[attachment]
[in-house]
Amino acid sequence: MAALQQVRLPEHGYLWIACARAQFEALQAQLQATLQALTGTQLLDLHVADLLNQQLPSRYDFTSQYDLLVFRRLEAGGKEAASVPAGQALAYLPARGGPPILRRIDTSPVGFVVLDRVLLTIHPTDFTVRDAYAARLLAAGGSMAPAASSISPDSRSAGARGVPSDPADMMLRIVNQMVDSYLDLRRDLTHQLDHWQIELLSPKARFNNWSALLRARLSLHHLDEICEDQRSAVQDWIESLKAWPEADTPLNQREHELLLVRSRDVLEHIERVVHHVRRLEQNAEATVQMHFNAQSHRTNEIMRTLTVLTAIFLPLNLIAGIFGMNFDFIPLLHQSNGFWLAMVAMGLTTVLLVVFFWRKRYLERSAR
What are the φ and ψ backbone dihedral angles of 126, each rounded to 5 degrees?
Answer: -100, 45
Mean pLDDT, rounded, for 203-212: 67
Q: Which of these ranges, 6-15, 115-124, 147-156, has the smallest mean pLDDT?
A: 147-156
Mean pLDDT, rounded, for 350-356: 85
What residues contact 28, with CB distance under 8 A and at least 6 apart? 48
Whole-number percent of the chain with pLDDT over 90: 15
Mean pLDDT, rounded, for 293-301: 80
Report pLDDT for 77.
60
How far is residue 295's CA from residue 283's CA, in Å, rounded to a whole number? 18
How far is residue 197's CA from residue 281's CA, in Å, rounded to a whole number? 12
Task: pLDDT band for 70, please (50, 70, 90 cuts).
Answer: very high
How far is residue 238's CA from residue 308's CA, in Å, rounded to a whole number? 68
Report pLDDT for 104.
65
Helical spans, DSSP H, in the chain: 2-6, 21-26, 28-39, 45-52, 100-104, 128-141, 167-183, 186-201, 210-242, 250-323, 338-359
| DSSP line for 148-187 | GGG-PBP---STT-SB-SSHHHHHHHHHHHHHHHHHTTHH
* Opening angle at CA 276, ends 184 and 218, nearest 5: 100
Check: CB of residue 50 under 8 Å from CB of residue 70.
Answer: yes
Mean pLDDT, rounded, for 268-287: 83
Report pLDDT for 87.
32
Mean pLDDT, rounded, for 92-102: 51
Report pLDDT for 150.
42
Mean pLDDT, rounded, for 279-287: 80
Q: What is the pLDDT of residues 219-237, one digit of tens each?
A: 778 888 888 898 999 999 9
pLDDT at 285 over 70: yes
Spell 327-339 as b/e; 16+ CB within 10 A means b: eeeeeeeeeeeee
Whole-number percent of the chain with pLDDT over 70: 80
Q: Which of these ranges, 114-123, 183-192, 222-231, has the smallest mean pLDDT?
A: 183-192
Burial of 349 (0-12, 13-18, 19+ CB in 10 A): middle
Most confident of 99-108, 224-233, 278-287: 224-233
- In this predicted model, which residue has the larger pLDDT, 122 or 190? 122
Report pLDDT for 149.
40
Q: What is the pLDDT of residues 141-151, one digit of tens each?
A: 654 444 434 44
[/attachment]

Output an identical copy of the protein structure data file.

[in-house]
Amino acid sequence: MAALQQVRLPEHGYLWIACARAQFEALQAQLQATLQALTGTQLLDLHVADLLNQQLPSRYDFTSQYDLLVFRRLEAGGKEAASVPAGQALAYLPARGGPPILRRIDTSPVGFVVLDRVLLTIHPTDFTVRDAYAARLLAAGGSMAPAASSISPDSRSAGARGVPSDPADMMLRIVNQMVDSYLDLRRDLTHQLDHWQIELLSPKARFNNWSALLRARLSLHHLDEICEDQRSAVQDWIESLKAWPEADTPLNQREHELLLVRSRDVLEHIERVVHHVRRLEQNAEATVQMHFNAQSHRTNEIMRTLTVLTAIFLPLNLIAGIFGMNFDFIPLLHQSNGFWLAMVAMGLTTVLLVVFFWRKRYLERSAR
What are the φ and ψ backbone dihedral angles of 126, each rounded to 5 degrees?
Answer: -100, 45
Mean pLDDT, rounded, for 203-212: 67
Q: Which of these ranges, 6-15, 115-124, 147-156, has the smallest mean pLDDT?
A: 147-156
Mean pLDDT, rounded, for 350-356: 85
What residues contact 28, with CB distance under 8 A and at least 6 apart? 48
Whole-number percent of the chain with pLDDT over 90: 15
Mean pLDDT, rounded, for 293-301: 80
Report pLDDT for 77.
60
How far is residue 295's CA from residue 283's CA, in Å, rounded to a whole number? 18
How far is residue 197's CA from residue 281's CA, in Å, rounded to a whole number? 12
Task: pLDDT band for 70, please (50, 70, 90 cuts).
Answer: very high
How far is residue 238's CA from residue 308's CA, in Å, rounded to a whole number? 68
Report pLDDT for 104.
65
Helical spans, DSSP H, in the chain: 2-6, 21-26, 28-39, 45-52, 100-104, 128-141, 167-183, 186-201, 210-242, 250-323, 338-359
| DSSP line for 148-187 | GGG-PBP---STT-SB-SSHHHHHHHHHHHHHHHHHTTHH
* Opening angle at CA 276, ends 184 and 218, nearest 5: 100
Check: CB of residue 50 under 8 Å from CB of residue 70.
Answer: yes
Mean pLDDT, rounded, for 268-287: 83
Report pLDDT for 87.
32
Mean pLDDT, rounded, for 92-102: 51
Report pLDDT for 150.
42
Mean pLDDT, rounded, for 279-287: 80
Q: What is the pLDDT of residues 219-237, one digit of tens each?
A: 778 888 888 898 999 999 9
pLDDT at 285 over 70: yes
Spell 327-339 as b/e; 16+ CB within 10 A means b: eeeeeeeeeeeee
Whole-number percent of the chain with pLDDT over 70: 80
Q: Which of these ranges, 114-123, 183-192, 222-231, has the smallest mean pLDDT?
A: 183-192
Burial of 349 (0-12, 13-18, 19+ CB in 10 A): middle
Most confident of 99-108, 224-233, 278-287: 224-233
- In this predicted model, which residue has the larger pLDDT, 122 or 190? 122
Report pLDDT for 149.
40
Q: What is the pLDDT of residues 141-151, one digit of tens each?
A: 654 444 434 44